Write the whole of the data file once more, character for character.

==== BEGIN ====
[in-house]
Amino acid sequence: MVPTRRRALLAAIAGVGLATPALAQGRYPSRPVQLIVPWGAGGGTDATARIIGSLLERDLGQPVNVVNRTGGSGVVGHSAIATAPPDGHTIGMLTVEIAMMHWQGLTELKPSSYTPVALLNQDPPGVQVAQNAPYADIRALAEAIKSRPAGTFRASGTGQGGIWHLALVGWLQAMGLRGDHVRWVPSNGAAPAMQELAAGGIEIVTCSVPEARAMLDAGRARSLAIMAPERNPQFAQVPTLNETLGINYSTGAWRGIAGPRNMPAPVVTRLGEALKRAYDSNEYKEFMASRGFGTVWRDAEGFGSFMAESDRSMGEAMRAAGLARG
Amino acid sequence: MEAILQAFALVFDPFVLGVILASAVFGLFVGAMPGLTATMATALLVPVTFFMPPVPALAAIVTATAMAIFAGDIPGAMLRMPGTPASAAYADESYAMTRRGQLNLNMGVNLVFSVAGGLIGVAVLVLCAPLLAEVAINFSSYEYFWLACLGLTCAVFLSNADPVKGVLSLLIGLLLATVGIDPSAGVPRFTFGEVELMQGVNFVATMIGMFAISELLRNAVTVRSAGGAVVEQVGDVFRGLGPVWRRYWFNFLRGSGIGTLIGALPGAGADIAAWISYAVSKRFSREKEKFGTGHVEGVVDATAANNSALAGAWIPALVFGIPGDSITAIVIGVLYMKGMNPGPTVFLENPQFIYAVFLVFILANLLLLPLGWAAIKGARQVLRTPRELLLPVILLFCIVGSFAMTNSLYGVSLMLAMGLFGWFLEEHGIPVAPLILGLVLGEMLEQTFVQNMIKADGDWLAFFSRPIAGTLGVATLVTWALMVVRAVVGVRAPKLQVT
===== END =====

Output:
[in-house]
Amino acid sequence: MVPTRRRALLAAIAGVGLATPALAQGRYPSRPVQLIVPWGAGGGTDATARIIGSLLERDLGQPVNVVNRTGGSGVVGHSAIATAPPDGHTIGMLTVEIAMMHWQGLTELKPSSYTPVALLNQDPPGVQVAQNAPYADIRALAEAIKSRPAGTFRASGTGQGGIWHLALVGWLQAMGLRGDHVRWVPSNGAAPAMQELAAGGIEIVTCSVPEARAMLDAGRARSLAIMAPERNPQFAQVPTLNETLGINYSTGAWRGIAGPRNMPAPVVTRLGEALKRAYDSNEYKEFMASRGFGTVWRDAEGFGSFMAESDRSMGEAMRAAGLARG
Amino acid sequence: MEAILQAFALVFDPFVLGVILASAVFGLFVGAMPGLTATMATALLVPVTFFMPPVPALAAIVTATAMAIFAGDIPGAMLRMPGTPASAAYADESYAMTRRGQLNLNMGVNLVFSVAGGLIGVAVLVLCAPLLAEVAINFSSYEYFWLACLGLTCAVFLSNADPVKGVLSLLIGLLLATVGIDPSAGVPRFTFGEVELMQGVNFVATMIGMFAISELLRNAVTVRSAGGAVVEQVGDVFRGLGPVWRRYWFNFLRGSGIGTLIGALPGAGADIAAWISYAVSKRFSREKEKFGTGHVEGVVDATAANNSALAGAWIPALVFGIPGDSITAIVIGVLYMKGMNPGPTVFLENPQFIYAVFLVFILANLLLLPLGWAAIKGARQVLRTPRELLLPVILLFCIVGSFAMTNSLYGVSLMLAMGLFGWFLEEHGIPVAPLILGLVLGEMLEQTFVQNMIKADGDWLAFFSRPIAGTLGVATLVTWALMVVRAVVGVRAPKLQVT